Missouri House votes to tighten rules for minors’ abortions
JEFFERSON CITY, Mo. (AP) – Girls who want an abortion in Missouri would need to meet tighter requirements under legislation endorsed Wednesday by the House.
Girls younger than 18 already must submit to an abortion provider the written consent of a parent or guardian. Rep. Rocky Miller, R-Lake Ozark, has proposed requiring the consenting parent to verify that the girl’s other parent has been notified in writing of the abortion.
Lawmakers voted 109-35 to give the bill initial approval. That many votes would be enough to overcome any veto by Democratic Gov. Jay Nixon, though the bill needs another vote before going to the Senate.
Miller said he wants to start more conversations among families before an abortion, not make it harder to get one. More than a decade ago, he said, his wife called to say their 15-year-old daughter was pregnant and they were at Planned Parenthood. They gave their daughter space to think about it, he said, and eventually she decided not to have an abortion.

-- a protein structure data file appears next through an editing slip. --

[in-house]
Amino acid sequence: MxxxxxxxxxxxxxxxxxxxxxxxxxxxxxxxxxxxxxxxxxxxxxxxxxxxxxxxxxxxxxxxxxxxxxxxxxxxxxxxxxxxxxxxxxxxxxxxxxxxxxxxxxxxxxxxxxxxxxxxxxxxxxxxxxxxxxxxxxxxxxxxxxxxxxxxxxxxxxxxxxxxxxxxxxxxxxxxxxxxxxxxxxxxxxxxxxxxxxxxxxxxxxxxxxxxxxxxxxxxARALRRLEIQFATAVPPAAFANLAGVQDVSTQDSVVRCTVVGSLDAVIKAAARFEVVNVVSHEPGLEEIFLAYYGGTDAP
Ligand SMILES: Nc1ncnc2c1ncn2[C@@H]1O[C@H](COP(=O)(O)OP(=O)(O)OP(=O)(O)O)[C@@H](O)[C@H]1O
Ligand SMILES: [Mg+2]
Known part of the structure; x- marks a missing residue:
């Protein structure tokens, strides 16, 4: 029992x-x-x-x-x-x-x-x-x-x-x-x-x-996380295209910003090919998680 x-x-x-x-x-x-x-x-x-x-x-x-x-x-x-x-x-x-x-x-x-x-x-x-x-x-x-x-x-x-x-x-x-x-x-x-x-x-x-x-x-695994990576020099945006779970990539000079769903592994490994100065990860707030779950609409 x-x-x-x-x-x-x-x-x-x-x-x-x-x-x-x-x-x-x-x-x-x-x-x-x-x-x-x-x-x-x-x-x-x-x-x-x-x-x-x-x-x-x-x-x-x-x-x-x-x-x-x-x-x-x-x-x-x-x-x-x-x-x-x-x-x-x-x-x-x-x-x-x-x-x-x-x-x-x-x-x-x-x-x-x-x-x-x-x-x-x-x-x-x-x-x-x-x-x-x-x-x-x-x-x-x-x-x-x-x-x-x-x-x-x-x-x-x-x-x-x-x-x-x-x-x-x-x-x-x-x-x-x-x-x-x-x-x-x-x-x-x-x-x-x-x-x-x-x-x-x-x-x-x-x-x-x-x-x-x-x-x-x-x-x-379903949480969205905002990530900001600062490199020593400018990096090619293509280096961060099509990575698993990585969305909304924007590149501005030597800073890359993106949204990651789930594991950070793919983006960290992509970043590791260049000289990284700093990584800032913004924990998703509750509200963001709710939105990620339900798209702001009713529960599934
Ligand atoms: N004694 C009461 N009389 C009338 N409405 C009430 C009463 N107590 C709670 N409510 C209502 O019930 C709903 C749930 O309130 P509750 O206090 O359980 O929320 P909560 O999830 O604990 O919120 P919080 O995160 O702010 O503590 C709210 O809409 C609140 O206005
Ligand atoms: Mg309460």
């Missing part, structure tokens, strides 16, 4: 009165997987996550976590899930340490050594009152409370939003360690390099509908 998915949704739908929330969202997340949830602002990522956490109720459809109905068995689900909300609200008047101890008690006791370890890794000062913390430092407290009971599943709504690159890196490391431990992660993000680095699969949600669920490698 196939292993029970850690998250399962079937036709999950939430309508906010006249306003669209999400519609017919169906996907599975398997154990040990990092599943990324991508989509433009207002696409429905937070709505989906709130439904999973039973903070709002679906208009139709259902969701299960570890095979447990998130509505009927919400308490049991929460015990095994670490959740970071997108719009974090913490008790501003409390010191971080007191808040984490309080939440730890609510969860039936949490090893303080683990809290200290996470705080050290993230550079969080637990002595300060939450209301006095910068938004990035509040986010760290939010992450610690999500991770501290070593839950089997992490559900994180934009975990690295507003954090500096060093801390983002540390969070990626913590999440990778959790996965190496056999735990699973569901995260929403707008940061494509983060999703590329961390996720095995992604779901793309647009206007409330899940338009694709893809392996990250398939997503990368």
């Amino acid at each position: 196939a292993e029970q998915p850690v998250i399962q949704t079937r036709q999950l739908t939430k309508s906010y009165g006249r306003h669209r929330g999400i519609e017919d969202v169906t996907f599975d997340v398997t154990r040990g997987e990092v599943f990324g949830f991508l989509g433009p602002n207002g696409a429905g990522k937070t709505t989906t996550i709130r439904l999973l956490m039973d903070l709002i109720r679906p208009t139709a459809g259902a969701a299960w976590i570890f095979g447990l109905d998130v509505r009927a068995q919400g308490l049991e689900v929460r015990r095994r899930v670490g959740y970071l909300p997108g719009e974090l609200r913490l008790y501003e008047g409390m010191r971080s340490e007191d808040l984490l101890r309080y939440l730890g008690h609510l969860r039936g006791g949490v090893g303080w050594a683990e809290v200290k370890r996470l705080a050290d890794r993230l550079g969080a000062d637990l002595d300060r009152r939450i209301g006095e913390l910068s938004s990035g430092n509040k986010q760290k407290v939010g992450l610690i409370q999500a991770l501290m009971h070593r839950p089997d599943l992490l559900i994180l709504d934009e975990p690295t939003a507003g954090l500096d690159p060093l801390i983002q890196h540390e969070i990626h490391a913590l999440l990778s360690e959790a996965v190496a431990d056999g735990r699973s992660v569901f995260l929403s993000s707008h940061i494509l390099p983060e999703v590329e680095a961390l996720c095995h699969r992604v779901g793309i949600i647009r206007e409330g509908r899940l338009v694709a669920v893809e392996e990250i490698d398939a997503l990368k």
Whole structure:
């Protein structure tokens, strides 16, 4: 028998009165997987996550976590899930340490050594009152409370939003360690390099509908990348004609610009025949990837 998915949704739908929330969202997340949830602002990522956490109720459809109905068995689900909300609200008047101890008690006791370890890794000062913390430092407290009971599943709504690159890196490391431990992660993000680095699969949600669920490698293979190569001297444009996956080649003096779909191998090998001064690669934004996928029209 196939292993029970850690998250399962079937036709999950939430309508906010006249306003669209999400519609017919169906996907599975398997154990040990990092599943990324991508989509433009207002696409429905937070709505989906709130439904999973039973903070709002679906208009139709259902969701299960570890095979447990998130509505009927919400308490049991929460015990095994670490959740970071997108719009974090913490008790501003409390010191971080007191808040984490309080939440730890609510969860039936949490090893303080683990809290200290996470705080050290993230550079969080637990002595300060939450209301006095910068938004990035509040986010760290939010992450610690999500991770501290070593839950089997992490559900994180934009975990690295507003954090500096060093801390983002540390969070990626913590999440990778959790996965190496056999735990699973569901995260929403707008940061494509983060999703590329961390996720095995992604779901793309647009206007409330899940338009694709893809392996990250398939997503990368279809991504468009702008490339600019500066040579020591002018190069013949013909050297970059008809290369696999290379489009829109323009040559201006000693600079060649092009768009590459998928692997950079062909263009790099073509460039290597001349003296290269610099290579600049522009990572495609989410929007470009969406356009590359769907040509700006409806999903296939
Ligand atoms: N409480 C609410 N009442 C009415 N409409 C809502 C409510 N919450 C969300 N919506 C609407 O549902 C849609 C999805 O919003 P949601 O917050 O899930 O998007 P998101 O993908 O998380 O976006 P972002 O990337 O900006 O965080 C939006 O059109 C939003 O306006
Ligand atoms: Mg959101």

It was important for his daughter to know her parents would support her, Miller said, and now he and his wife are raising her child.
“I know there’s other families out there in other situations, and things can go bad,” he said, explaining that was why his bill excludes parents who have been convicted of crimes such as child abuse, have been the subject of a protective order or are “habitually in an intoxicated or drugged condition.”
But opponents of the bill said many abusers are never convicted. Victims of abuse often do not come forward about it, said Rep. Genise Montecillo, and even if they do, they often face skepticism from the rest of the family.
“A lucky child is a child that has one parent that will believe them. But that’s rare,” said Montecillo, a Democrat from St. Louis. “The reality is, oftentimes, the parents don’t support them and don’t believe them.”
Rep. Lauren Arthur, a Kansas City Democrat, said it was wrong for the government to insert itself into family decisions.
Miller said minors can still circumvent parental consent with a court order.